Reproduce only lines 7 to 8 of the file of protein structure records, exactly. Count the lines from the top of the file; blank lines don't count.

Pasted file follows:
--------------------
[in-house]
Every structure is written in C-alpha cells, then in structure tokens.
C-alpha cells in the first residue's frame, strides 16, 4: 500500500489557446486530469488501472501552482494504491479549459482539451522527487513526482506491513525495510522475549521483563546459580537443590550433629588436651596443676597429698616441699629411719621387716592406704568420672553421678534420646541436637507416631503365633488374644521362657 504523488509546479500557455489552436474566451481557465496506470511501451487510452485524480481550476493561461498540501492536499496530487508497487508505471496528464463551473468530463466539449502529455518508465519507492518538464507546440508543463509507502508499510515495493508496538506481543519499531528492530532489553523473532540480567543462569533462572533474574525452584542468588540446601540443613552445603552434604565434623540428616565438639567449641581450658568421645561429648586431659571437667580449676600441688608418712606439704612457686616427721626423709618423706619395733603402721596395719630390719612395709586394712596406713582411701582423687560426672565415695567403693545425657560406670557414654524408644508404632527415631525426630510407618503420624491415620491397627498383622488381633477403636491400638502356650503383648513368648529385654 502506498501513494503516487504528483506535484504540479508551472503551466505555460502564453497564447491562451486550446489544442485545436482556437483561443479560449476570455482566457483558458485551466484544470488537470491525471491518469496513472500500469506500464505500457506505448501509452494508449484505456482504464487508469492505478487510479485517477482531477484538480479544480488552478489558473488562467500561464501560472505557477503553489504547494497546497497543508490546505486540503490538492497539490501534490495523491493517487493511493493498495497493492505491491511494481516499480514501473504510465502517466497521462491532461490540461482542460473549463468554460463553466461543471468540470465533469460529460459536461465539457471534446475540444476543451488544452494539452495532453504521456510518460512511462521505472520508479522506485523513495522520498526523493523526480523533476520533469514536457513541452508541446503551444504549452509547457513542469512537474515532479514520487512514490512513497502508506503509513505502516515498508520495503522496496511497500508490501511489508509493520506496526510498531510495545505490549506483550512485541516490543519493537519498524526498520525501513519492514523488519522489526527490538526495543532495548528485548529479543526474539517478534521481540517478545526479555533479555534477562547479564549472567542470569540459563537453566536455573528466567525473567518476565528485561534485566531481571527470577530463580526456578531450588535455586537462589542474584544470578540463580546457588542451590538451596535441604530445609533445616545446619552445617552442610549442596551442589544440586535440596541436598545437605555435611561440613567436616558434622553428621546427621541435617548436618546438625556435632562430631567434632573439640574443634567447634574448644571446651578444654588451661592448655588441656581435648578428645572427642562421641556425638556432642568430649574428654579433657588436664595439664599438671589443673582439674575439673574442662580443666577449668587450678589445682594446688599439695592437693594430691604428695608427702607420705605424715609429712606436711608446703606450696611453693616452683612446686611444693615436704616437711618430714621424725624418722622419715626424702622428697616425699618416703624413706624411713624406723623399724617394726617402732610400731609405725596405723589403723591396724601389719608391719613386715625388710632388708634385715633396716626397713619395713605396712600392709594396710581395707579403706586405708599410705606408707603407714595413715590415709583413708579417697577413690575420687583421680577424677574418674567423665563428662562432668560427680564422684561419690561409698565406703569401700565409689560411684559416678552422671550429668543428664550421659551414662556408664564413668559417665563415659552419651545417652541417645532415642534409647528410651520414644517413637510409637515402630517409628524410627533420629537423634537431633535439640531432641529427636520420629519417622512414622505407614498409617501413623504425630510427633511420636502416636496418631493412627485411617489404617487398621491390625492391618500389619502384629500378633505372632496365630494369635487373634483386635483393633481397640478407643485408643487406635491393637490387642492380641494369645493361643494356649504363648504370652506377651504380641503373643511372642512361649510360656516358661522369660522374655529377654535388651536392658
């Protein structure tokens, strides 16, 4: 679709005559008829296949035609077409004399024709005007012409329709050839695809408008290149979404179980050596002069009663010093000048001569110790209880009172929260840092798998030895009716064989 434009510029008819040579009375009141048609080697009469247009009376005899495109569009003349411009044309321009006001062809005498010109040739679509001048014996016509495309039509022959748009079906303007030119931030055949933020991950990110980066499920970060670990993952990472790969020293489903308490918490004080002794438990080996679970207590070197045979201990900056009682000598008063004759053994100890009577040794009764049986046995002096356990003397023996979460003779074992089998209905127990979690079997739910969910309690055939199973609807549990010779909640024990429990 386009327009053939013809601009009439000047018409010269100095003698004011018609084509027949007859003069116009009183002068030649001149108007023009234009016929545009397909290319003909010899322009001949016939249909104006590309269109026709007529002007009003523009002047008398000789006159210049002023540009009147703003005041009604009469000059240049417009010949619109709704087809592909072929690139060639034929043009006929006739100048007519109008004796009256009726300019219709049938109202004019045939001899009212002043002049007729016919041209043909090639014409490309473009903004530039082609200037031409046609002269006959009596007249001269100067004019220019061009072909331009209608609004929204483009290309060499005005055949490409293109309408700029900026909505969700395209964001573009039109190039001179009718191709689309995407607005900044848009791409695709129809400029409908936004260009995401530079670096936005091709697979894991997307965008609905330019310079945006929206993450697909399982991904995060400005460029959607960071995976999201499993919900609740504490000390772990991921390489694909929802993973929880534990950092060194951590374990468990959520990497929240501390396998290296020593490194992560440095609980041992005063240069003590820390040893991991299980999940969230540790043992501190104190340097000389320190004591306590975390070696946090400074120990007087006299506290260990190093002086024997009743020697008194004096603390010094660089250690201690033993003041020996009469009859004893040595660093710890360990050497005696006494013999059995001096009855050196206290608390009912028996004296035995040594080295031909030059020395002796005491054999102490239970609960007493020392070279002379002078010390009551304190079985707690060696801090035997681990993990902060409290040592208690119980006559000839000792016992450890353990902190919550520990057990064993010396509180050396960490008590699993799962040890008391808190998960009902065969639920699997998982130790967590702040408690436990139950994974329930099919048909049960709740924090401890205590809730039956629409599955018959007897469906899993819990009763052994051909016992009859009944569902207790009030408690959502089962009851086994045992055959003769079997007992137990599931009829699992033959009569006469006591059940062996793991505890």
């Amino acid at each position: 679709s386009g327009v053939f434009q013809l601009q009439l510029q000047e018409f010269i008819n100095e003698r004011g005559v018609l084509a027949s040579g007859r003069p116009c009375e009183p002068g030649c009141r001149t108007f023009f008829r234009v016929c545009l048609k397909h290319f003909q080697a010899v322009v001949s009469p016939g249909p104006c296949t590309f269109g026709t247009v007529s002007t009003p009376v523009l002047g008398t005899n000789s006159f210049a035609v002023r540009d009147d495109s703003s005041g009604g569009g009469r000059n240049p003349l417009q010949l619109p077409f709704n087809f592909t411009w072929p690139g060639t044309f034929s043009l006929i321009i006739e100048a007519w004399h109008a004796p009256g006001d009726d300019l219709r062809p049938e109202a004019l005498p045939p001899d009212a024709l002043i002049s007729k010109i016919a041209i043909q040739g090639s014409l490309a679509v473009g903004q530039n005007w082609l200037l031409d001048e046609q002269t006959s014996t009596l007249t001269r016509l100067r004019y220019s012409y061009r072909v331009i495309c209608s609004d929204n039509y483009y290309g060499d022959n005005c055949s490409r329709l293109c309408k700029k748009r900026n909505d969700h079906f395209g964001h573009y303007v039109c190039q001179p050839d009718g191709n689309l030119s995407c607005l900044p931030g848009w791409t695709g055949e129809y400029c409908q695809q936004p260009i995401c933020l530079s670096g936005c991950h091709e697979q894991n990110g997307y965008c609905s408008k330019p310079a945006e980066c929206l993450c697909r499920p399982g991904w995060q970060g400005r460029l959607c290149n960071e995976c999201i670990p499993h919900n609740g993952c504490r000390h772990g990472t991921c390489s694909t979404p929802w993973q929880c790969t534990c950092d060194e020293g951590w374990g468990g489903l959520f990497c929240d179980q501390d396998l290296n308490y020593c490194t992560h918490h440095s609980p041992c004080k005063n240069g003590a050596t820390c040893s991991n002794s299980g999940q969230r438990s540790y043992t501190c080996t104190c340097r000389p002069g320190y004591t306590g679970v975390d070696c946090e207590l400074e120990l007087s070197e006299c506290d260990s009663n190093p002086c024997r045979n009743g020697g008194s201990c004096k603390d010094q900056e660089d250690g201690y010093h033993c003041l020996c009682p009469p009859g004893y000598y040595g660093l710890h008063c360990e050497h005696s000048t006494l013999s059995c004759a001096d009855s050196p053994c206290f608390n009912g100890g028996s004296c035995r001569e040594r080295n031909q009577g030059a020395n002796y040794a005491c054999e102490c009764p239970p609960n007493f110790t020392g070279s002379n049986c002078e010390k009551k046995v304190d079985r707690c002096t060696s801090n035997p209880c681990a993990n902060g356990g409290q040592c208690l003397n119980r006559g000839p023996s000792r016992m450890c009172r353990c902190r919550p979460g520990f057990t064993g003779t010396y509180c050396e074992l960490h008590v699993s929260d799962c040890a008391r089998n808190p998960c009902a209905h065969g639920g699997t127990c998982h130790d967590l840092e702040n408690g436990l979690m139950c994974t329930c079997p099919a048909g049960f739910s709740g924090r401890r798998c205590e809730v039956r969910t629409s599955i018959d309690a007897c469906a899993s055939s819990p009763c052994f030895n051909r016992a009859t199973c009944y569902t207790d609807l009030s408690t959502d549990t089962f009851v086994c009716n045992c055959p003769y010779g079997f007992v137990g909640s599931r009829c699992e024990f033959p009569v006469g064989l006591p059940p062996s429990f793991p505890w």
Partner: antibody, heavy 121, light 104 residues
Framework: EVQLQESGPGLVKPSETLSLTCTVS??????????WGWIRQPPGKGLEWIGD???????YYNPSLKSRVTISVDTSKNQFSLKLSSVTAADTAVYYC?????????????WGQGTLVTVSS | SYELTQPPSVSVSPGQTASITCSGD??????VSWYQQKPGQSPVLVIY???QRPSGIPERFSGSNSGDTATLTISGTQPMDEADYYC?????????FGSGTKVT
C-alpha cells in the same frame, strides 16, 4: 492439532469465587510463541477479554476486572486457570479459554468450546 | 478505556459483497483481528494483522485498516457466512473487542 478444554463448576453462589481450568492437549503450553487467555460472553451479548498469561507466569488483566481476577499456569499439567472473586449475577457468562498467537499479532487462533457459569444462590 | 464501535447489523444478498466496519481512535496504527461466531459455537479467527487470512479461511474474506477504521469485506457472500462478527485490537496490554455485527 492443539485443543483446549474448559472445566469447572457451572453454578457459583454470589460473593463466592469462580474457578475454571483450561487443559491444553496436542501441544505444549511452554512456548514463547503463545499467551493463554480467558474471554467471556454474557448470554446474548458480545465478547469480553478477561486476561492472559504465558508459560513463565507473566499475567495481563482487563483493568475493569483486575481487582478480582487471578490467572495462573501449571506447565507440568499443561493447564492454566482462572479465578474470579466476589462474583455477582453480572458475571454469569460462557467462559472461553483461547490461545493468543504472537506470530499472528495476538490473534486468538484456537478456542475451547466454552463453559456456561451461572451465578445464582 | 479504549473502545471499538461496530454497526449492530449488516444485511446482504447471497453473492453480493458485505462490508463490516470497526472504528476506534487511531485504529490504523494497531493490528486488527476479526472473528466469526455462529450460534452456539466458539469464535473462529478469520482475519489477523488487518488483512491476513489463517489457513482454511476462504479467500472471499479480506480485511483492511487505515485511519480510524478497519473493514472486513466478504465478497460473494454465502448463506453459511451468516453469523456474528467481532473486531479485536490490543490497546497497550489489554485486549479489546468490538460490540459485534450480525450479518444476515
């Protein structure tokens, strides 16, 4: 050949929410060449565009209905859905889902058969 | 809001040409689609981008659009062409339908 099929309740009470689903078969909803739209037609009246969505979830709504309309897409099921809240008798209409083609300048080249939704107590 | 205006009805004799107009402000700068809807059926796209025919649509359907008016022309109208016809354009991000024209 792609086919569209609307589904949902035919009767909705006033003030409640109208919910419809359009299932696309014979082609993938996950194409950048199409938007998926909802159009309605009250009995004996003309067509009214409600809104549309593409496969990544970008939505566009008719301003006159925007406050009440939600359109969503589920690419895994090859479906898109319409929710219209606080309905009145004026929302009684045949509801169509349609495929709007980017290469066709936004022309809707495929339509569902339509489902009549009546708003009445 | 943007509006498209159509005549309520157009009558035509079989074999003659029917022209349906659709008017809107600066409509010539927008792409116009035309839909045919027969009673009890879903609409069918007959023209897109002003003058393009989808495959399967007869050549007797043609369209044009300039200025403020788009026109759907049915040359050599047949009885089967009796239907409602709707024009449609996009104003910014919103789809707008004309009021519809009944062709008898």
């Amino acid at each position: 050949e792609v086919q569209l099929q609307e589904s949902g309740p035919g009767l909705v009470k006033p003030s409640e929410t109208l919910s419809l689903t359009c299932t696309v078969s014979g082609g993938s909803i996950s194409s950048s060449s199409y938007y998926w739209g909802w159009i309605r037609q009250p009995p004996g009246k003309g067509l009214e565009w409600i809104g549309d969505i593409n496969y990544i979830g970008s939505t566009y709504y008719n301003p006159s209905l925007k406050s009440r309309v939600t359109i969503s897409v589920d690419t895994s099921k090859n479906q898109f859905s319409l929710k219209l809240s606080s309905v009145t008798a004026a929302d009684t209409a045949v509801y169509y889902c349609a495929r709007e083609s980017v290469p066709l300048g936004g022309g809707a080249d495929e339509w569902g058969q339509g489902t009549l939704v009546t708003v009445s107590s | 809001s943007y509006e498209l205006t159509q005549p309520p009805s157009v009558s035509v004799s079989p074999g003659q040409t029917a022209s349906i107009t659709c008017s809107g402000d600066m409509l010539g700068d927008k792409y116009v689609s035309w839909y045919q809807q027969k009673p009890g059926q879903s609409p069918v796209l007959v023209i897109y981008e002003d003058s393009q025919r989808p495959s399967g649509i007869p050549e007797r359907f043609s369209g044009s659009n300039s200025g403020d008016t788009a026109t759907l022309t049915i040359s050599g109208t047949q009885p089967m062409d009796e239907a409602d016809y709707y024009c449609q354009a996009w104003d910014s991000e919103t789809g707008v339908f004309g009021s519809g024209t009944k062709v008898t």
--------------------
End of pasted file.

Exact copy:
Framework: EVQLQESGPGLVKPSETLSLTCTVS??????????WGWIRQPPGKGLEWIGD???????YYNPSLKSRVTISVDTSKNQFSLKLSSVTAADTAVYYC?????????????WGQGTLVTVSS | SYELTQPPSVSVSPGQTASITCSGD??????VSWYQQKPGQSPVLVIY???QRPSGIPERFSGSNSGDTATLTISGTQPMDEADYYC?????????FGSGTKVT
C-alpha cells in the same frame, strides 16, 4: 492439532469465587510463541477479554476486572486457570479459554468450546 | 478505556459483497483481528494483522485498516457466512473487542 478444554463448576453462589481450568492437549503450553487467555460472553451479548498469561507466569488483566481476577499456569499439567472473586449475577457468562498467537499479532487462533457459569444462590 | 464501535447489523444478498466496519481512535496504527461466531459455537479467527487470512479461511474474506477504521469485506457472500462478527485490537496490554455485527 492443539485443543483446549474448559472445566469447572457451572453454578457459583454470589460473593463466592469462580474457578475454571483450561487443559491444553496436542501441544505444549511452554512456548514463547503463545499467551493463554480467558474471554467471556454474557448470554446474548458480545465478547469480553478477561486476561492472559504465558508459560513463565507473566499475567495481563482487563483493568475493569483486575481487582478480582487471578490467572495462573501449571506447565507440568499443561493447564492454566482462572479465578474470579466476589462474583455477582453480572458475571454469569460462557467462559472461553483461547490461545493468543504472537506470530499472528495476538490473534486468538484456537478456542475451547466454552463453559456456561451461572451465578445464582 | 479504549473502545471499538461496530454497526449492530449488516444485511446482504447471497453473492453480493458485505462490508463490516470497526472504528476506534487511531485504529490504523494497531493490528486488527476479526472473528466469526455462529450460534452456539466458539469464535473462529478469520482475519489477523488487518488483512491476513489463517489457513482454511476462504479467500472471499479480506480485511483492511487505515485511519480510524478497519473493514472486513466478504465478497460473494454465502448463506453459511451468516453469523456474528467481532473486531479485536490490543490497546497497550489489554485486549479489546468490538460490540459485534450480525450479518444476515